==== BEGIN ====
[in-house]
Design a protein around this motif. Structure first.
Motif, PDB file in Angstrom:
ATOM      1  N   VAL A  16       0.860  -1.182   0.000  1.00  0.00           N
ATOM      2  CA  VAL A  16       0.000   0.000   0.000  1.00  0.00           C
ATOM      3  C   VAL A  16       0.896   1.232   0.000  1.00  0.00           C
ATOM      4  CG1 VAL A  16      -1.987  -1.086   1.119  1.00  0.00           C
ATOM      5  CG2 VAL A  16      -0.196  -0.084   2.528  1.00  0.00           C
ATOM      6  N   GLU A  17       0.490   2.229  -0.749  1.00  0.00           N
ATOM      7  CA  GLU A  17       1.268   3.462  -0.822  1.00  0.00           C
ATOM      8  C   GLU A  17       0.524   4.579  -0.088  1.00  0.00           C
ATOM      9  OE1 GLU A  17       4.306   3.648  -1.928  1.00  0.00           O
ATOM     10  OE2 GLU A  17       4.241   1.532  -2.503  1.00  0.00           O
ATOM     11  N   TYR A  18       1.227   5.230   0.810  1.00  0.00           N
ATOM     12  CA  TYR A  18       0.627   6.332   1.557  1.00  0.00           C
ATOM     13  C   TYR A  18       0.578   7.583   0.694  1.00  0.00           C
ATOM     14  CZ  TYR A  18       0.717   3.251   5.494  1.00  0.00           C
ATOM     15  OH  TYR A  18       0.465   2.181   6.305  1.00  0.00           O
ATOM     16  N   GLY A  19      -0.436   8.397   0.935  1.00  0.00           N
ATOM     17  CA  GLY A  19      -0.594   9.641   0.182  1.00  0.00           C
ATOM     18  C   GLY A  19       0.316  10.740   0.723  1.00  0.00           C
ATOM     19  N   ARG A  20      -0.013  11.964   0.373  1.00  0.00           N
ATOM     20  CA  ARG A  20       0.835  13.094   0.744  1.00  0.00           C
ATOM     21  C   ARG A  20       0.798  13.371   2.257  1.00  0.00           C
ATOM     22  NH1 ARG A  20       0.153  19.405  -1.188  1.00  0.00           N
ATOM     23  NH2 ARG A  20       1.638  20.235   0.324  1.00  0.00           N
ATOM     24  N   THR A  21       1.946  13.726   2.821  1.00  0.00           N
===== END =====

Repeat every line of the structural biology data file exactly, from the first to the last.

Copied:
[in-house]
Design a protein around this motif. Structure first.
Motif, PDB file in Angstrom:
ATOM      1  N   VAL A  16       0.860  -1.182   0.000  1.00  0.00           N
ATOM      2  CA  VAL A  16       0.000   0.000   0.000  1.00  0.00           C
ATOM      3  C   VAL A  16       0.896   1.232   0.000  1.00  0.00           C
ATOM      4  CG1 VAL A  16      -1.987  -1.086   1.119  1.00  0.00           C
ATOM      5  CG2 VAL A  16      -0.196  -0.084   2.528  1.00  0.00           C
ATOM      6  N   GLU A  17       0.490   2.229  -0.749  1.00  0.00           N
ATOM      7  CA  GLU A  17       1.268   3.462  -0.822  1.00  0.00           C
ATOM      8  C   GLU A  17       0.524   4.579  -0.088  1.00  0.00           C
ATOM      9  OE1 GLU A  17       4.306   3.648  -1.928  1.00  0.00           O
ATOM     10  OE2 GLU A  17       4.241   1.532  -2.503  1.00  0.00           O
ATOM     11  N   TYR A  18       1.227   5.230   0.810  1.00  0.00           N
ATOM     12  CA  TYR A  18       0.627   6.332   1.557  1.00  0.00           C
ATOM     13  C   TYR A  18       0.578   7.583   0.694  1.00  0.00           C
ATOM     14  CZ  TYR A  18       0.717   3.251   5.494  1.00  0.00           C
ATOM     15  OH  TYR A  18       0.465   2.181   6.305  1.00  0.00           O
ATOM     16  N   GLY A  19      -0.436   8.397   0.935  1.00  0.00           N
ATOM     17  CA  GLY A  19      -0.594   9.641   0.182  1.00  0.00           C
ATOM     18  C   GLY A  19       0.316  10.740   0.723  1.00  0.00           C
ATOM     19  N   ARG A  20      -0.013  11.964   0.373  1.00  0.00           N
ATOM     20  CA  ARG A  20       0.835  13.094   0.744  1.00  0.00           C
ATOM     21  C   ARG A  20       0.798  13.371   2.257  1.00  0.00           C
ATOM     22  NH1 ARG A  20       0.153  19.405  -1.188  1.00  0.00           N
ATOM     23  NH2 ARG A  20       1.638  20.235   0.324  1.00  0.00           N
ATOM     24  N   THR A  21       1.946  13.726   2.821  1.00  0.00           N